Meet Karine, who has just returned from a Santander-funded research trip to Ethiopia…

Karine is studying for an MPhil (Master’s) in Development Studies at St John’s College. Her studies are fully-funded by Santander, the Clarendon Fund and her College. Here she explains how she came from Sao Paulo in Brazil to be studying at Oxford, and the difference the funding has made to her future career.

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Applying for an MPhil in Development Studies at Oxford was certainly one of the best decisions I’ve made, potentially only comparable to the decision to accept the Oxford offer. My application was entirely written as I sat on the floor of a slum in Sao Paulo, while working as an MIT D-Lab trip leader. The constant thought in my mind was a rather simple one: ‘I have no idea what my chances are, but I just have to try.’ And everything somehow fell into place…

My name is Karine and I was born and raised in Brazil. I completed my undergraduate studies in 2013 at MIT (USA), with a double BSc in Physics and in Political Science. All throughout my time there, I had been involved in development projects. But the final decision to pursue international development as a career came only as I received a scholarship to study at Oxford. The combined scholarships from Santander, the Clarendon Fund and St John’s College have allowed me to turn down an offer for a full time position at a management consulting company and follow my dream to study development – a difficult decision, but one I would have never been able to do without funding. Oxford has been a fantastic experience in so many ways! The academic rigour of the university is balanced by a rich social life that fosters connections between people working on the most diverse areas.

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The generous funding I am receiving has allowed me not only to come to Oxford, but also to go to Ethiopia for fieldwork. I spent this past summer in Addis Ababa, conducting fieldwork for my MPhil thesis and collaborating with a project in the Oxford Centre for the Study of African Economies (CSAE). My MPhil thesis is a continuation of a research project I worked on while at the World Bank, focusing on self-employment and entrepreneurship as engines for job creation. There is much we still need to understand about the nature of self-employment in developing countries. Under which conditions do urban youth opt for self-employment? Which circumstances allow them to remain in this occupation – and thrive? Finally, what makes them abandon self-employment, and what are their job prospects like once they leave self-employment? The collaboration with CSAE allows me to conduct qualitative and quantitative research with a random sample of individuals in Addis Ababa, a rare and precious opportunity.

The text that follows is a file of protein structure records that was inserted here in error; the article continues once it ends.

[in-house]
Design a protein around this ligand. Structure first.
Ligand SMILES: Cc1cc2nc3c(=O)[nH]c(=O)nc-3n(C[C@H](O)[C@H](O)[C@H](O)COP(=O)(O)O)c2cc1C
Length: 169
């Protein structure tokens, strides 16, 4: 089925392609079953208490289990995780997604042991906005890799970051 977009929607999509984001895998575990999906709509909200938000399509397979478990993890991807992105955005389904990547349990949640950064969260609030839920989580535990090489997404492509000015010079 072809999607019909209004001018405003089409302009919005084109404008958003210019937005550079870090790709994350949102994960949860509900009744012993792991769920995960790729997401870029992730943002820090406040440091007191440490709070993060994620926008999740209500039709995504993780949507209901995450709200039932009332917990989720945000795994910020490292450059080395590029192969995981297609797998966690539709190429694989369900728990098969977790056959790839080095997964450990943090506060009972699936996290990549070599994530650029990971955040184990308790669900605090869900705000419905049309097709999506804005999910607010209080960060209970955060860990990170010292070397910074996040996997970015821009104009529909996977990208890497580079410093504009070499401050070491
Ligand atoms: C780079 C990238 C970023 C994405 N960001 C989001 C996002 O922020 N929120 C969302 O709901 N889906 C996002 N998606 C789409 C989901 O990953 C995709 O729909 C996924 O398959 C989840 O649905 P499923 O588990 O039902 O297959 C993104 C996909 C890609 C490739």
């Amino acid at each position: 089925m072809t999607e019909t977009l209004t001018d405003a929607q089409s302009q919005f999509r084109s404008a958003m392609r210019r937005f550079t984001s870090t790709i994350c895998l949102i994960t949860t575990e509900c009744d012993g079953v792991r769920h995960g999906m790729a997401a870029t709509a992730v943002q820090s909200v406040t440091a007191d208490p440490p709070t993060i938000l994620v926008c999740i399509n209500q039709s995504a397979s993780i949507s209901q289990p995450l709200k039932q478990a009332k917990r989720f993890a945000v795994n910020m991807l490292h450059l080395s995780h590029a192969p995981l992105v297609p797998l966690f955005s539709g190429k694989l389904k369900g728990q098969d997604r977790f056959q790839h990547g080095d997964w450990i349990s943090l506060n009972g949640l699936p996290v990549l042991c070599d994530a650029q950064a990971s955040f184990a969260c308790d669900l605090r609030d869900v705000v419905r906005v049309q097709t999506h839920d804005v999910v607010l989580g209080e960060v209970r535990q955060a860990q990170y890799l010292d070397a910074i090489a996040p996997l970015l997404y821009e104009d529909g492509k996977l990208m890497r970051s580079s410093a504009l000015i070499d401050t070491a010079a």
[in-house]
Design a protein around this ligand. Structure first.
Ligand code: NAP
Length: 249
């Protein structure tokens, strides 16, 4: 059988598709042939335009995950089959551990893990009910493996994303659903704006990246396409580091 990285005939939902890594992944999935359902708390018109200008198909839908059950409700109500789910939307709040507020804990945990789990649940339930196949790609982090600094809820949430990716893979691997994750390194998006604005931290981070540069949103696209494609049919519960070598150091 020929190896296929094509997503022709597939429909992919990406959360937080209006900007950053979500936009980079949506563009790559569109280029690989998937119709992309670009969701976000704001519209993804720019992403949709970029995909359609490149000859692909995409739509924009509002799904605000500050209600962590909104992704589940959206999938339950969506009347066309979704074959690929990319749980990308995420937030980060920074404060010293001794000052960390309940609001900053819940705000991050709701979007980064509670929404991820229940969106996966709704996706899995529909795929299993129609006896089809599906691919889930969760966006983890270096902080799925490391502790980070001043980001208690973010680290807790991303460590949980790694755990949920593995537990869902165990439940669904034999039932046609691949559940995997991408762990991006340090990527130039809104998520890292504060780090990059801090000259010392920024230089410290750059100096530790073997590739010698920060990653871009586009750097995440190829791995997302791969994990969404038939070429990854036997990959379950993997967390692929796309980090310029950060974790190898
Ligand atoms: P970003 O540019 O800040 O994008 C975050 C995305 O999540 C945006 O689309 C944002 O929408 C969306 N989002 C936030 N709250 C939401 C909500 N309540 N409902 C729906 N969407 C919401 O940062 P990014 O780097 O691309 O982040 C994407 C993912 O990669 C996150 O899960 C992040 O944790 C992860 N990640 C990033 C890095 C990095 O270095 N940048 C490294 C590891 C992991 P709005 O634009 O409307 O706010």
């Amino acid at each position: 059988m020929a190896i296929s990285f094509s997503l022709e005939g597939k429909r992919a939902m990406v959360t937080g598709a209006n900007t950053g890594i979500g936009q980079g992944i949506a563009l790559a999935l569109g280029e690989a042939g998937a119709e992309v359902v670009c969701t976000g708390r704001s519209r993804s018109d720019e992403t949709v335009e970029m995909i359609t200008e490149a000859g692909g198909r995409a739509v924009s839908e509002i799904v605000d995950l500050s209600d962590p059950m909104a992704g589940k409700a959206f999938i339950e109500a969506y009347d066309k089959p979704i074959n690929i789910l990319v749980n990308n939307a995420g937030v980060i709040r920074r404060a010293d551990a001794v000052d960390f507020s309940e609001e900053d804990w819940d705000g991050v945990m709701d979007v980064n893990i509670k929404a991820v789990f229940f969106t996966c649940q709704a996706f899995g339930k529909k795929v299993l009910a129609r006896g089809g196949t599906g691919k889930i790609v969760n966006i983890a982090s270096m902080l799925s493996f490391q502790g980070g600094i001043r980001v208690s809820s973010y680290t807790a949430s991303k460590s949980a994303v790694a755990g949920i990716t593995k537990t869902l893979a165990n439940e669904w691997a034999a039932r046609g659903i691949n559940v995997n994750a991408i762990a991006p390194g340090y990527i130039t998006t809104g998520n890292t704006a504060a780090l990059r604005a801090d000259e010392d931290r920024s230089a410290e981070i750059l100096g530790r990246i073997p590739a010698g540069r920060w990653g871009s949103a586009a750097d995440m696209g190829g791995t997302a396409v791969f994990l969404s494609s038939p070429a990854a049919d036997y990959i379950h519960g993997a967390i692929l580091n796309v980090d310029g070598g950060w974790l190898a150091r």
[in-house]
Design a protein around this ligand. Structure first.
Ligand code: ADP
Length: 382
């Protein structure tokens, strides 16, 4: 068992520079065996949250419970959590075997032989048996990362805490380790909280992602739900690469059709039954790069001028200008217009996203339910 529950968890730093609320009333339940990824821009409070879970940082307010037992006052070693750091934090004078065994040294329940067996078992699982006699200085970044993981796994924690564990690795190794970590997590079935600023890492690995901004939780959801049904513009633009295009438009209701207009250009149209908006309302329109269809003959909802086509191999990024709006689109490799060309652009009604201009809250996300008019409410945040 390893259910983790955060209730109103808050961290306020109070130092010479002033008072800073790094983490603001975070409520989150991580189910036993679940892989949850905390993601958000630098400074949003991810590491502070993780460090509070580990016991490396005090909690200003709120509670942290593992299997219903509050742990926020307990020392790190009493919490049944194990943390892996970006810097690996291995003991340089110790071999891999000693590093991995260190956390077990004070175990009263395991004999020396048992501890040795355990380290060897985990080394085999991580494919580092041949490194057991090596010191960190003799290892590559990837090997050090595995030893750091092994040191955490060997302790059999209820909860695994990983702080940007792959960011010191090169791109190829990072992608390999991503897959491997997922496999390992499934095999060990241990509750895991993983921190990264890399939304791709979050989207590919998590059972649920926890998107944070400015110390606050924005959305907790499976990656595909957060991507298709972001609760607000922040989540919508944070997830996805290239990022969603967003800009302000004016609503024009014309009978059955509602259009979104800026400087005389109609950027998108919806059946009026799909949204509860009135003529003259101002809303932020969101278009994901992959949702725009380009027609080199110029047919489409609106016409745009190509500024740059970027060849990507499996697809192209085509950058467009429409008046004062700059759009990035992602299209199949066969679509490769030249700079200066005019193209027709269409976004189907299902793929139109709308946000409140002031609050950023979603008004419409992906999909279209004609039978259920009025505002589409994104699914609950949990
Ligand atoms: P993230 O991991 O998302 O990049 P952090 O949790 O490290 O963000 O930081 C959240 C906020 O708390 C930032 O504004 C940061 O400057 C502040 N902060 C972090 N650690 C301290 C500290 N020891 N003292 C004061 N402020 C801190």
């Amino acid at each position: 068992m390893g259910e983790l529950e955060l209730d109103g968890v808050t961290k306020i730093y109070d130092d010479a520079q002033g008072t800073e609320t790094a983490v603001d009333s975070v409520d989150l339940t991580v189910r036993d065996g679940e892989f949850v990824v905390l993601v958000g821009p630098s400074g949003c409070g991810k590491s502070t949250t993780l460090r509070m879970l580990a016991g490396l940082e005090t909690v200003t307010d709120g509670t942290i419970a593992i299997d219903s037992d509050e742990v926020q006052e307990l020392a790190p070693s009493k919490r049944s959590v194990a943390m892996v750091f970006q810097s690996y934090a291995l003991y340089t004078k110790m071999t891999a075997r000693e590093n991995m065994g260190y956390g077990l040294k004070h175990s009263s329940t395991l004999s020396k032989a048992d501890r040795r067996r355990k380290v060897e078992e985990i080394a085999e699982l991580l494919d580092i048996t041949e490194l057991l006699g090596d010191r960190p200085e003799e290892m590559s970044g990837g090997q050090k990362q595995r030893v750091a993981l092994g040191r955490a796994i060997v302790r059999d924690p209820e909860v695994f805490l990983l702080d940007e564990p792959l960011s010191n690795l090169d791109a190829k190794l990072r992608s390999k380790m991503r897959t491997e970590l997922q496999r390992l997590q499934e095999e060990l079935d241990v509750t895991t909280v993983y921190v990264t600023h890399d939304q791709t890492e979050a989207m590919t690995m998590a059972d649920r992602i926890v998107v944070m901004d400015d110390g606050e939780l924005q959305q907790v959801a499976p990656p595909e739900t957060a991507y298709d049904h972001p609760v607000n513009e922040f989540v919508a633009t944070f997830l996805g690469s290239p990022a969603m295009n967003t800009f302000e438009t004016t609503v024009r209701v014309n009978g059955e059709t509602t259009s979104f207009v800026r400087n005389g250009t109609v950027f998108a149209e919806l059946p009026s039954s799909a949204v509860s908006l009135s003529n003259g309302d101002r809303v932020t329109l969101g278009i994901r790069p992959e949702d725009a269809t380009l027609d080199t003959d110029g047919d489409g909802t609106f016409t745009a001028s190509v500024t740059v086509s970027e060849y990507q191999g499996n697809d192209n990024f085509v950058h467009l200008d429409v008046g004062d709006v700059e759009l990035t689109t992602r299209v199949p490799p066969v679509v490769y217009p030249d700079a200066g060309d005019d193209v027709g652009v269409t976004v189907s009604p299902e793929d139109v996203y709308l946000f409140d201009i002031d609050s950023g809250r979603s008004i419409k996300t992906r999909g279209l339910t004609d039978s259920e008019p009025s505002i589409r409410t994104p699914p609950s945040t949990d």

Every day, I am reminded of how grateful I am for the opportunity to be here and to learn from the incredible people around me – be it in Oxford or in Addis Ababa. In addition to the material means to study at Oxford, the scholarships I received have also provided me with two invaluable things: the confidence that I belong in the field of development, and the drive to make the most out of my time here. If Oxford is your dream university, I highly encourage you to give it a chance and apply as well – everything might just fall into place for you too. 

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Part-time study at Oxford